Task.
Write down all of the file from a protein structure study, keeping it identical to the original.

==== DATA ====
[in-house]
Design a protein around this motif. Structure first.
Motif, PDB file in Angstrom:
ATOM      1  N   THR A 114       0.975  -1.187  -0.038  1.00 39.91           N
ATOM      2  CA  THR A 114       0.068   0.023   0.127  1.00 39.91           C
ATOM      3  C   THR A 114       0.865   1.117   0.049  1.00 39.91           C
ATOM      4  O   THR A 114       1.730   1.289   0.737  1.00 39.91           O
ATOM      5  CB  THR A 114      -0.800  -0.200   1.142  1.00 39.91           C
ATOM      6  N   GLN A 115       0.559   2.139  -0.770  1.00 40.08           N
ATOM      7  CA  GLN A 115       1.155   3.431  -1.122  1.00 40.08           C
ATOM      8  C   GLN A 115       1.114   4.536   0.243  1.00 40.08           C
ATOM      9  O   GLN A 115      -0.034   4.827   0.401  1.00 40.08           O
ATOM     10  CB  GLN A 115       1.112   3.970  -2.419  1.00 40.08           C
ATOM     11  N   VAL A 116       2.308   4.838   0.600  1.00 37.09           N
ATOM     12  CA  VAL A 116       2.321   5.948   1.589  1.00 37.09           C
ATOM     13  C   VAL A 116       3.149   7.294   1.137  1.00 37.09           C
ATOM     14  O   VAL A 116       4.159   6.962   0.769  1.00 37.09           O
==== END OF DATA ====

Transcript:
[in-house]
Design a protein around this motif. Structure first.
Motif, PDB file in Angstrom:
ATOM      1  N   THR A 114       0.975  -1.187  -0.038  1.00 39.91           N
ATOM      2  CA  THR A 114       0.068   0.023   0.127  1.00 39.91           C
ATOM      3  C   THR A 114       0.865   1.117   0.049  1.00 39.91           C
ATOM      4  O   THR A 114       1.730   1.289   0.737  1.00 39.91           O
ATOM      5  CB  THR A 114      -0.800  -0.200   1.142  1.00 39.91           C
ATOM      6  N   GLN A 115       0.559   2.139  -0.770  1.00 40.08           N
ATOM      7  CA  GLN A 115       1.155   3.431  -1.122  1.00 40.08           C
ATOM      8  C   GLN A 115       1.114   4.536   0.243  1.00 40.08           C
ATOM      9  O   GLN A 115      -0.034   4.827   0.401  1.00 40.08           O
ATOM     10  CB  GLN A 115       1.112   3.970  -2.419  1.00 40.08           C
ATOM     11  N   VAL A 116       2.308   4.838   0.600  1.00 37.09           N
ATOM     12  CA  VAL A 116       2.321   5.948   1.589  1.00 37.09           C
ATOM     13  C   VAL A 116       3.149   7.294   1.137  1.00 37.09           C
ATOM     14  O   VAL A 116       4.159   6.962   0.769  1.00 37.09           O